Given that the film focuses on only two characters their performances are vital for the success of the film, and while certainly not entirely amazing, the overall result is quite positive. As the manipulative Verónica, Ana Patricia Rojo is an absolute joy to watch, as with great talent she can be both adorable and hateful at the same time. Despite her young age, her performance is remarkable in the complex role of the little girl who claims to be a witch, and it's easily the film's greatest asset. Unfortunately, Elsa María Gutiérrez as Flavia is a lot less fortunate, seeming at times a bit wooden and unprepared. Nevertheless, there are also moments of quite believable realism when her innocence is truthfully transmitted to the screen. As written above, the adult roles are for the most part minor and many times reduced to voice acting. While the work is effective for the most part, sometimes the dubbing is not entirely good, sounding a bit artificial and staged.

Taboada's final Gothic horror film is certainly a quite different kind of beast than his other Gothic set pieces, which could feel initially like a disappointment. It remains decidedly Gothic in atmosphere, yet follows a different kind of horror, subtler than in his previous films, yet somehow more disturbing. A horror that comes not from beyond the grave, but from the logical and inevitable consequences of people's actions (again, in a similar vein as "Vagabundo en la Lluvia"). Unfortunately, "Veneno para las hadas" is marred by an average work of cinematography and a terribly slow pace, which prevent the film from truly being flawless. Lupe García, a veteran camera operator, creates pretty bland images, that are only saved by Taboada's slick sense of visual narrative. However, the slow pace the movie has is probably what hurts the film the most, as at times it makes it drag a bit too much for its good, and gives the film a tone closer to television melodrama than to horror cinema.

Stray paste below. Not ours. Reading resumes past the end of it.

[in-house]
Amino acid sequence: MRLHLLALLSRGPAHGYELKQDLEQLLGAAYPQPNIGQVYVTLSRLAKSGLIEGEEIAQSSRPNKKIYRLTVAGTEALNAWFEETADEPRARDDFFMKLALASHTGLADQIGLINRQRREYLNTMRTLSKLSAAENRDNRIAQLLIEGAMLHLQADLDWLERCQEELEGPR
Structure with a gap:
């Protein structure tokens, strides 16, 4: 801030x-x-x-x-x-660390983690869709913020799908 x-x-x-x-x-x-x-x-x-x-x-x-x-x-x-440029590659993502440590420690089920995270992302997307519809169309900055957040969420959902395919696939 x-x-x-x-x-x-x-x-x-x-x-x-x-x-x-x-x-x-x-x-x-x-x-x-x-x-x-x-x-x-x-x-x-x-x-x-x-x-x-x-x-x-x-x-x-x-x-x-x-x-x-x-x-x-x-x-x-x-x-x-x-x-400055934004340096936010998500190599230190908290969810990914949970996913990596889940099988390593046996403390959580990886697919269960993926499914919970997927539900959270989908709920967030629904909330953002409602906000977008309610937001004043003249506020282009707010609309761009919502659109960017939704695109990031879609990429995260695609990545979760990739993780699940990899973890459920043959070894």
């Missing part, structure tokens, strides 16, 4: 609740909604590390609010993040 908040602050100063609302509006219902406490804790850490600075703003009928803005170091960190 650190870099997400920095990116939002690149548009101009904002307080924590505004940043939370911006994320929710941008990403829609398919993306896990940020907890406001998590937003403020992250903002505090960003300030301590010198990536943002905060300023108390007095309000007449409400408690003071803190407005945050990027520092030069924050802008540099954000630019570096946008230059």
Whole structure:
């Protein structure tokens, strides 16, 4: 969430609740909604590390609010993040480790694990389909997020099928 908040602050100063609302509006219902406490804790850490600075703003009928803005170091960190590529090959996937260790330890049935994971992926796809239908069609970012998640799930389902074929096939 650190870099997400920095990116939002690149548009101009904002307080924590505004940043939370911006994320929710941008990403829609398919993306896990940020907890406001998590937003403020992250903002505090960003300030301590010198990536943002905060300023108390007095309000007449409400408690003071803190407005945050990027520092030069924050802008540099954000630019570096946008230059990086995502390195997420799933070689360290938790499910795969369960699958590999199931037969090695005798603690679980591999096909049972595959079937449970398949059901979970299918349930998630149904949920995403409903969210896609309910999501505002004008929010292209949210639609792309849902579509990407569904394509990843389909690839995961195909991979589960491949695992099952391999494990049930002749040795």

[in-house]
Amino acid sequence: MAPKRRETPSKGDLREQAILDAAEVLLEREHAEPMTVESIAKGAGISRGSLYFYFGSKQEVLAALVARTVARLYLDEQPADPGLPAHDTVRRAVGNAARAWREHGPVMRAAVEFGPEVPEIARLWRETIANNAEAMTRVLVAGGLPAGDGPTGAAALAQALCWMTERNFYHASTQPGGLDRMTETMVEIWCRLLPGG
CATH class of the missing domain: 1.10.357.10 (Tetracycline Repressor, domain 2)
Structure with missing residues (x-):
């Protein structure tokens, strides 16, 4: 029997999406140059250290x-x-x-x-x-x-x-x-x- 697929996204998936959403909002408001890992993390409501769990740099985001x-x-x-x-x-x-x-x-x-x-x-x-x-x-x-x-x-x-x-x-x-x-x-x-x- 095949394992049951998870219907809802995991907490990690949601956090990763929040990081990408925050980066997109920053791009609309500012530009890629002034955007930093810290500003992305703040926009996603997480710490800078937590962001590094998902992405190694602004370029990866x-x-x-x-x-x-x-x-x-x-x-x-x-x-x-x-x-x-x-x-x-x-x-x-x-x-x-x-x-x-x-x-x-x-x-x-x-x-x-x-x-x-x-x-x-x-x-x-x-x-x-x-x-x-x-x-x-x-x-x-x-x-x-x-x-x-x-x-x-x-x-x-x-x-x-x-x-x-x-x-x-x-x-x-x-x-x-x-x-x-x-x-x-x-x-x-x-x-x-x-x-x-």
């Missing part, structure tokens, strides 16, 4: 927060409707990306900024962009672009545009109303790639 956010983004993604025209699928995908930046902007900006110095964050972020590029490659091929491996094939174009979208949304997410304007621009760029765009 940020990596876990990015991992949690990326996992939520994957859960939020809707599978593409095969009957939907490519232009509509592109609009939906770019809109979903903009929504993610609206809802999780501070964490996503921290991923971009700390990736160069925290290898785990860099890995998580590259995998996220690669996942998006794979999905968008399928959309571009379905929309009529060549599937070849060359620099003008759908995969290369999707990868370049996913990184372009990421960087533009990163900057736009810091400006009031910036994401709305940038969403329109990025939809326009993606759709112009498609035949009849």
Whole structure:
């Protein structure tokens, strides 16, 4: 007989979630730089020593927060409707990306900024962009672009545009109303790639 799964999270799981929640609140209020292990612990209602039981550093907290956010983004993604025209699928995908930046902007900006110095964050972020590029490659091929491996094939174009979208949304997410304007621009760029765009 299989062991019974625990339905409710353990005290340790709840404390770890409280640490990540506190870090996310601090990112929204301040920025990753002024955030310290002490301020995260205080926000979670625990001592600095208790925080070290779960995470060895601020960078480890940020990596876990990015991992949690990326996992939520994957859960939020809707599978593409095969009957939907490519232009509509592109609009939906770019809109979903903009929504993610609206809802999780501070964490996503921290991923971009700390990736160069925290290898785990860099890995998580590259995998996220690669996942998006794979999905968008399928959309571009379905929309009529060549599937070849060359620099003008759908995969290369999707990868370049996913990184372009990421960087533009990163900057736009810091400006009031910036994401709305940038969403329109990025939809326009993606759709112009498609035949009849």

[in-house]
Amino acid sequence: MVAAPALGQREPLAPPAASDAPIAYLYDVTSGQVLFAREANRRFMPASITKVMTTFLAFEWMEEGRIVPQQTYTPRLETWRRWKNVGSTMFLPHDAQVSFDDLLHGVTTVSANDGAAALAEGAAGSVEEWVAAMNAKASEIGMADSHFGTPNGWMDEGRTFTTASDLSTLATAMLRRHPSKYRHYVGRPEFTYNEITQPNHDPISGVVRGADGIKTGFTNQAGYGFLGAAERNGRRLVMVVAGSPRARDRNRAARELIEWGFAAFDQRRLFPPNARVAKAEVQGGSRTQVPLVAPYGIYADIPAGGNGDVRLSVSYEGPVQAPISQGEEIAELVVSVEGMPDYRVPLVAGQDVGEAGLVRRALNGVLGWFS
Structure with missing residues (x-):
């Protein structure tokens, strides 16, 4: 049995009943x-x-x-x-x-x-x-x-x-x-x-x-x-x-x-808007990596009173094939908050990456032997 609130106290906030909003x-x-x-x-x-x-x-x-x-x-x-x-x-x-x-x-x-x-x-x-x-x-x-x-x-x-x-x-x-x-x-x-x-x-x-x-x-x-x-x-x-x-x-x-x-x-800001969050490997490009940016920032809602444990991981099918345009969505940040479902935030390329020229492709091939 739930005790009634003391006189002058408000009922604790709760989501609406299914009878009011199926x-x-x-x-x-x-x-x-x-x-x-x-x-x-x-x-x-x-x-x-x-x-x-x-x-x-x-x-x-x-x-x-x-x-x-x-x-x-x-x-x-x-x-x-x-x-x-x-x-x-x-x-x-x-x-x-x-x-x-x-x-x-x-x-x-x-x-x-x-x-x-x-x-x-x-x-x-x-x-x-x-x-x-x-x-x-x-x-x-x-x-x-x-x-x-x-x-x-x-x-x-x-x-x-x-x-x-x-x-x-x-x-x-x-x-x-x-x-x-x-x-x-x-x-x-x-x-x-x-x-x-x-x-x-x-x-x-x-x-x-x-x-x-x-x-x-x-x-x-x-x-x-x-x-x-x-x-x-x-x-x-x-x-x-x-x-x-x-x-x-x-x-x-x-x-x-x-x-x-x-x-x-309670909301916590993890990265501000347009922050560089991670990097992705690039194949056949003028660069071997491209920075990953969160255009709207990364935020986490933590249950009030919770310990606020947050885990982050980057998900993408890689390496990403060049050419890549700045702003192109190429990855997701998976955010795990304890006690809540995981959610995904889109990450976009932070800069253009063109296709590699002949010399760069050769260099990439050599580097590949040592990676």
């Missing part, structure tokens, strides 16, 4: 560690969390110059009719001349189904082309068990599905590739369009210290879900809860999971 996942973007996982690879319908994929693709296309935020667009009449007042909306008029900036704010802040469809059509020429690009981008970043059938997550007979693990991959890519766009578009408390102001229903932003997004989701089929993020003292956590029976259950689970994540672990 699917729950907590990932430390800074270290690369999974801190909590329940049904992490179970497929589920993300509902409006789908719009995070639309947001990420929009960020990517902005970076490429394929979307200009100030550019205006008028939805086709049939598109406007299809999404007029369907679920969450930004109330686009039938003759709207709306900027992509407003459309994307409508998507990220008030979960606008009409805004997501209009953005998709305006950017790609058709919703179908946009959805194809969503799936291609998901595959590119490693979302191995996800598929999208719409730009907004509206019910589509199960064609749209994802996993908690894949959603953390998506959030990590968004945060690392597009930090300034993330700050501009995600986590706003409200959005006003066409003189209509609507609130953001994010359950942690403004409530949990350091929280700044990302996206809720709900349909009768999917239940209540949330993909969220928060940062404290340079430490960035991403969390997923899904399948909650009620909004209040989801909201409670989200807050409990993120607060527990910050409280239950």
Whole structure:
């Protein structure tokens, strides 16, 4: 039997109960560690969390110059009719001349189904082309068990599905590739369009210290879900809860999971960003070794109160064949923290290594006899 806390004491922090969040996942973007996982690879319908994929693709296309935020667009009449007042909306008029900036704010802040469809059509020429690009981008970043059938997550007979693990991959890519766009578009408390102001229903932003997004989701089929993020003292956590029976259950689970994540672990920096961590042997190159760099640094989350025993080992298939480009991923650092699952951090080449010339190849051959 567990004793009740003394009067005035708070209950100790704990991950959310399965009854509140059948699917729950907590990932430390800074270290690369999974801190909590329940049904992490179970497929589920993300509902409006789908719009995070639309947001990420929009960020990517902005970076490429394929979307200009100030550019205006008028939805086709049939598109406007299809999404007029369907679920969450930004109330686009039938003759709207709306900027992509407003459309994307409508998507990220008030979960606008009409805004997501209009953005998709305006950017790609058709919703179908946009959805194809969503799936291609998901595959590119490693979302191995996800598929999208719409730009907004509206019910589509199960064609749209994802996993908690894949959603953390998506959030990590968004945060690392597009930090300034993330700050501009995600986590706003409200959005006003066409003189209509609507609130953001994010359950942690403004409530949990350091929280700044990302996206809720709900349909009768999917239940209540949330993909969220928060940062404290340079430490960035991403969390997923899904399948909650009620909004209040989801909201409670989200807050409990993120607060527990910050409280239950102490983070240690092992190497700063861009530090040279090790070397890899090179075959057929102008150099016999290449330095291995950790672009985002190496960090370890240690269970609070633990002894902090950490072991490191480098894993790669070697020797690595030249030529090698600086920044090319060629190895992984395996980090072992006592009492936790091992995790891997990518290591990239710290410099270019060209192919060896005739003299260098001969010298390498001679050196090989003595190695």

Despite its flaws, "Veneno para las hadas" remains as one of director Carlos Enrique Taboada most original and captivating films, offering a profoundly bleak fairy tale for adults. While nowhere near as famous as "Hasta el Viento Tiene Miedo", and definitely not as polished as his Gothic masterpiece "El Libro De Piedra", this little gem is still a pretty good, albeit different, entry in the Gothic horror genre. While it was well received by audiences and critics, Taboada never made again a film after "Veneno para las hadas", and focused his career on television. A thematic conjunction of Taboada's usual themes and obsessions, "Veneno para las hadas" is truly a fitting closure to a great director's career.